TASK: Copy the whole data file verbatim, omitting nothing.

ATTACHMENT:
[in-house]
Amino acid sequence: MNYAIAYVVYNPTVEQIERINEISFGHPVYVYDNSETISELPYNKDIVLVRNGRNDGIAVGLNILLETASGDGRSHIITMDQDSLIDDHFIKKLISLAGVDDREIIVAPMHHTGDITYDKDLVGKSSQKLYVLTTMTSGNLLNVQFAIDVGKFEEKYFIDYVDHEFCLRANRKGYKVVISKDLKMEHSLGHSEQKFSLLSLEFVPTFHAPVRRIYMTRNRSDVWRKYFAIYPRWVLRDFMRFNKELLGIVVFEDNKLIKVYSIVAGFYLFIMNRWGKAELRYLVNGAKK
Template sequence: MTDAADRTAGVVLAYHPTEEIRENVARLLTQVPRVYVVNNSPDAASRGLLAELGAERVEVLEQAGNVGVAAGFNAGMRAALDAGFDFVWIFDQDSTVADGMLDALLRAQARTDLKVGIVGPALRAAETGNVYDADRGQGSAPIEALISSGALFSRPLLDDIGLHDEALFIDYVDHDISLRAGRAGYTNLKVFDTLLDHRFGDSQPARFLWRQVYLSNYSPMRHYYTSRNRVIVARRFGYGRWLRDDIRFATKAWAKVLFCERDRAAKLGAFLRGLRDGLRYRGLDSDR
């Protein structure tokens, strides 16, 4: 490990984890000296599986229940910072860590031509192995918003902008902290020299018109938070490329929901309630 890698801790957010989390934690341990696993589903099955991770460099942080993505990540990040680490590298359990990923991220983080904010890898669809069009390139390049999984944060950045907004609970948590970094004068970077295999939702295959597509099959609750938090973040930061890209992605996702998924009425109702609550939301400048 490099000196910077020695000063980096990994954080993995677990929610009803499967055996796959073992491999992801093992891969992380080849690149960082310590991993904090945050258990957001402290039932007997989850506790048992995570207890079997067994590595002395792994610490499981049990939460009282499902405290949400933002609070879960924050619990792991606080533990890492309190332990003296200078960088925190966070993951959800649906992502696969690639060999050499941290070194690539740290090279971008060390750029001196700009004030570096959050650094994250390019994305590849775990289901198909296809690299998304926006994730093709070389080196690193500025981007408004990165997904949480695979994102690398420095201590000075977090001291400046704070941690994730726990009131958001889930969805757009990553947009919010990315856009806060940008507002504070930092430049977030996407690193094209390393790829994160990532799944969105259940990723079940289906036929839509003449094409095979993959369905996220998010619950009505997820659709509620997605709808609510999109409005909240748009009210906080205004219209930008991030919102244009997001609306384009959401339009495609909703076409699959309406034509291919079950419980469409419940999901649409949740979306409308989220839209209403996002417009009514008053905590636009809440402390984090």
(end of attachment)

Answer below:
[in-house]
Amino acid sequence: MNYAIAYVVYNPTVEQIERINEISFGHPVYVYDNSETISELPYNKDIVLVRNGRNDGIAVGLNILLETASGDGRSHIITMDQDSLIDDHFIKKLISLAGVDDREIIVAPMHHTGDITYDKDLVGKSSQKLYVLTTMTSGNLLNVQFAIDVGKFEEKYFIDYVDHEFCLRANRKGYKVVISKDLKMEHSLGHSEQKFSLLSLEFVPTFHAPVRRIYMTRNRSDVWRKYFAIYPRWVLRDFMRFNKELLGIVVFEDNKLIKVYSIVAGFYLFIMNRWGKAELRYLVNGAKK
Template sequence: MTDAADRTAGVVLAYHPTEEIRENVARLLTQVPRVYVVNNSPDAASRGLLAELGAERVEVLEQAGNVGVAAGFNAGMRAALDAGFDFVWIFDQDSTVADGMLDALLRAQARTDLKVGIVGPALRAAETGNVYDADRGQGSAPIEALISSGALFSRPLLDDIGLHDEALFIDYVDHDISLRAGRAGYTNLKVFDTLLDHRFGDSQPARFLWRQVYLSNYSPMRHYYTSRNRVIVARRFGYGRWLRDDIRFATKAWAKVLFCERDRAAKLGAFLRGLRDGLRYRGLDSDR
């Protein structure tokens, strides 16, 4: 490990984890000296599986229940910072860590031509192995918003902008902290020299018109938070490329929901309630 890698801790957010989390934690341990696993589903099955991770460099942080993505990540990040680490590298359990990923991220983080904010890898669809069009390139390049999984944060950045907004609970948590970094004068970077295999939702295959597509099959609750938090973040930061890209992605996702998924009425109702609550939301400048 490099000196910077020695000063980096990994954080993995677990929610009803499967055996796959073992491999992801093992891969992380080849690149960082310590991993904090945050258990957001402290039932007997989850506790048992995570207890079997067994590595002395792994610490499981049990939460009282499902405290949400933002609070879960924050619990792991606080533990890492309190332990003296200078960088925190966070993951959800649906992502696969690639060999050499941290070194690539740290090279971008060390750029001196700009004030570096959050650094994250390019994305590849775990289901198909296809690299998304926006994730093709070389080196690193500025981007408004990165997904949480695979994102690398420095201590000075977090001291400046704070941690994730726990009131958001889930969805757009990553947009919010990315856009806060940008507002504070930092430049977030996407690193094209390393790829994160990532799944969105259940990723079940289906036929839509003449094409095979993959369905996220998010619950009505997820659709509620997605709808609510999109409005909240748009009210906080205004219209930008991030919102244009997001609306384009959401339009495609909703076409699959309406034509291919079950419980469409419940999901649409949740979306409308989220839209209403996002417009009514008053905590636009809440402390984090």